The government could soon table before Parliament an amendment Bill that seeks to cut the bureaucracy involved in the process of authorising abortion.
Although abortion is a criminal offence under the Rwandan law, the practice has a waiver under Article 165 of the Penal Code that absolve from any criminal liability a woman who procures abortion or a medical doctor who facilitates the abortion in case of pregnancy as a result of incest, rape, forced marriage, and/or when the continuation of a pregnancy seriously threatens the health of the unborn baby or the pregnant woman.
But for the waiver to come into force, a professional doctor and a competent court of law must have authorised the procedure to terminate the pregnancy.
However, pro-abortion activists and some legal minds argue that such sections, introduced in the Penal Code ostensibly to prevent unnecessary abortions, present lengthy bureaucracies in processing legal authorisation before one can procure an abortion.
Besides, they say, the article does not specify the actual time an individual should decide whether to terminate or keep the pregnancy, arguing that this could ultimately endanger the life of the mother seeking to terminate a pregnancy.
Speaking to The New Times, last week, Theophile Mbonera, a principal state attorney and the head of legal services at the Ministry of Justice, said while it is the prerogative of the Law Reform Commission to propose alterations of laws, government had started considering revising the law but as a whole.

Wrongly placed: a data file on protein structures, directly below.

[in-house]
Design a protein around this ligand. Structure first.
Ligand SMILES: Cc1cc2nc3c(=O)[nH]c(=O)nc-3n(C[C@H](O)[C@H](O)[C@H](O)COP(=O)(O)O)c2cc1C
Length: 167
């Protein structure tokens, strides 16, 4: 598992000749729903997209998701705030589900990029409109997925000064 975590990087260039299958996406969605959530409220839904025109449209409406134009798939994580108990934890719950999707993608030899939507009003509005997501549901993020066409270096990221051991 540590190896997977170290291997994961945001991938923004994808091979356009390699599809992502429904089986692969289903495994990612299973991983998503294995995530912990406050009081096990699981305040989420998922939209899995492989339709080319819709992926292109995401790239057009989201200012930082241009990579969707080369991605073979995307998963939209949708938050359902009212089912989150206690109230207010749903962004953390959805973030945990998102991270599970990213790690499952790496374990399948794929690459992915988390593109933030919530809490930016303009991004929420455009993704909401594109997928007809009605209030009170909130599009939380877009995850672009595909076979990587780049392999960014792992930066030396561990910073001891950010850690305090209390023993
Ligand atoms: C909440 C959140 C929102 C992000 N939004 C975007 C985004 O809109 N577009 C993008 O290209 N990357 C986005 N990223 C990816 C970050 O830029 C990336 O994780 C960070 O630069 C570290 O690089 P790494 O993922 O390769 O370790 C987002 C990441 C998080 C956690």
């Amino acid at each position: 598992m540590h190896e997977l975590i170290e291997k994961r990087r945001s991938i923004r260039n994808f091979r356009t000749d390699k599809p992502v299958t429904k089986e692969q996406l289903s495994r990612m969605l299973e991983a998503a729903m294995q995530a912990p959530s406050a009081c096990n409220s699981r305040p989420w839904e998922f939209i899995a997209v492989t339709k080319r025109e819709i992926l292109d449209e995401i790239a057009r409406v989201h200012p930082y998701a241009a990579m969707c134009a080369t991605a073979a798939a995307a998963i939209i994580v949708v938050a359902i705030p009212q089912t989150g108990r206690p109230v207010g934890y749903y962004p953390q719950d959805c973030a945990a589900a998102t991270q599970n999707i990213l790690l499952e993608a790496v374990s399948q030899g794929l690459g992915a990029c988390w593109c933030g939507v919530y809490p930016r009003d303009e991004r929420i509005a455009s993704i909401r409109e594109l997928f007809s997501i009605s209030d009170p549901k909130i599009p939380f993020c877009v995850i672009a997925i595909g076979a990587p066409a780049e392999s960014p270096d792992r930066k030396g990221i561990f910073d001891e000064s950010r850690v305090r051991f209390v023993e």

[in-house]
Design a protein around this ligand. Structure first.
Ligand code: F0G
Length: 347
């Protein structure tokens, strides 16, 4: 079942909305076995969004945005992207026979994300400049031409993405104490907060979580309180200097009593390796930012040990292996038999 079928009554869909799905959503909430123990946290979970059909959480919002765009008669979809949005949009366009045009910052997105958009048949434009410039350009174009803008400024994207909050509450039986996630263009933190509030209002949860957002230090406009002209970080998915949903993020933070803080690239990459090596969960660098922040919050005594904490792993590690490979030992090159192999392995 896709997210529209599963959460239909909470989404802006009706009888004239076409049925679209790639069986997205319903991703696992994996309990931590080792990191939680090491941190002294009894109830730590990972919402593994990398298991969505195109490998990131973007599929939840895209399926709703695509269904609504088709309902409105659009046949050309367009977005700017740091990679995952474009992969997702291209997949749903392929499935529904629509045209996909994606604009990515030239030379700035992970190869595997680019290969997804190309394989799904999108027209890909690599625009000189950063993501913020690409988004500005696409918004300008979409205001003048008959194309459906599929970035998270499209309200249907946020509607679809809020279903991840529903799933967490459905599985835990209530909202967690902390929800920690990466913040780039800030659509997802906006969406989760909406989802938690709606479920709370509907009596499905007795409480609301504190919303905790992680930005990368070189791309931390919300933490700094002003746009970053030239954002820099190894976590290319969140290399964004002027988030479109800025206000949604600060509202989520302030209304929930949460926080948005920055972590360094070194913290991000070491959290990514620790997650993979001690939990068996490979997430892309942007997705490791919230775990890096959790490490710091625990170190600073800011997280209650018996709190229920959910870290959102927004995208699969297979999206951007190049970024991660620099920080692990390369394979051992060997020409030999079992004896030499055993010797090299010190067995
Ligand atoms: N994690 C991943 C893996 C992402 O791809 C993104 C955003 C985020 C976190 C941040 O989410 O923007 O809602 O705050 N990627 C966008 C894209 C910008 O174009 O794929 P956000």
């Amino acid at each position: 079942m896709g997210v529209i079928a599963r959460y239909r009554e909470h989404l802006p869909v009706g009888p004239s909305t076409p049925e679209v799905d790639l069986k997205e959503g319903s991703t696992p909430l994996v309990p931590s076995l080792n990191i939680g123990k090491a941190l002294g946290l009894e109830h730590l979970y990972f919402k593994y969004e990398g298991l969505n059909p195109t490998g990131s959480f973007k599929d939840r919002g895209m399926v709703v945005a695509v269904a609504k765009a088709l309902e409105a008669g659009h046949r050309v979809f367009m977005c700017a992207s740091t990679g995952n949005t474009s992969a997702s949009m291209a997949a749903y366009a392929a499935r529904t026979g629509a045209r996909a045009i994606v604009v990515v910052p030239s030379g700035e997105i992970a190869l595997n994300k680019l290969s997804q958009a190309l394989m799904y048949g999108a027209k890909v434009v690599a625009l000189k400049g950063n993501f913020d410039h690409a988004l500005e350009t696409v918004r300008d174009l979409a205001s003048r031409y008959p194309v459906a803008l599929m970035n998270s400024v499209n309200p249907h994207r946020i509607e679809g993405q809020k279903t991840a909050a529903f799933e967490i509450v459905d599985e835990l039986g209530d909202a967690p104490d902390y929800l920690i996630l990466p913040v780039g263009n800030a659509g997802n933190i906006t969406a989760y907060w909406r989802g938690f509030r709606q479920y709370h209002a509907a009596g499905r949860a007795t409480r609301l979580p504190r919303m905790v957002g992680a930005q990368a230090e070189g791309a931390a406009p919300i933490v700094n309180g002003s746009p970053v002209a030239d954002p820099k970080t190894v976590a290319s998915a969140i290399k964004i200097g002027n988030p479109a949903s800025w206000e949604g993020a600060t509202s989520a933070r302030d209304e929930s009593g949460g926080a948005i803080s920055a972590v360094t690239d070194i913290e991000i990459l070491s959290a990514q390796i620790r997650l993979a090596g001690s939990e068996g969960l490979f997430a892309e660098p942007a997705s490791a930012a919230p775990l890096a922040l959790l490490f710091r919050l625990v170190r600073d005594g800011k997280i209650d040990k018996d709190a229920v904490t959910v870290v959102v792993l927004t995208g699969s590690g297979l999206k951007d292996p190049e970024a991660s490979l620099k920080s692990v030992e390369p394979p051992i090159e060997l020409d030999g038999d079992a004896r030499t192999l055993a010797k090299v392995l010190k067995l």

“We have also noted a number of constraints but it does not mean we have to immediately start revising the law; one or two cases cannot get us back to the amendment table, there will be a need for more evidence,” he said.
Mbonera acknowledged that silent on the actual time an individual would decide whether to terminate or keep the pregnancy, was a big challenge, on top of lengthy bureaucracy or absence of legal representations for some individuals.
The government’s move is in response to the concerns that the law is very stringent and some change in it is needed to prevent women from opting for unsafe abortion, which puts their lives at risk.
John Gara, the chairperson of the Rwanda Law Reform Commission, told The New Times that the process of reviewing the Penal Code has started, but declined to comment more on what exactly would be altered, saying it is a cross-cutting review not limited to the articles on abortion.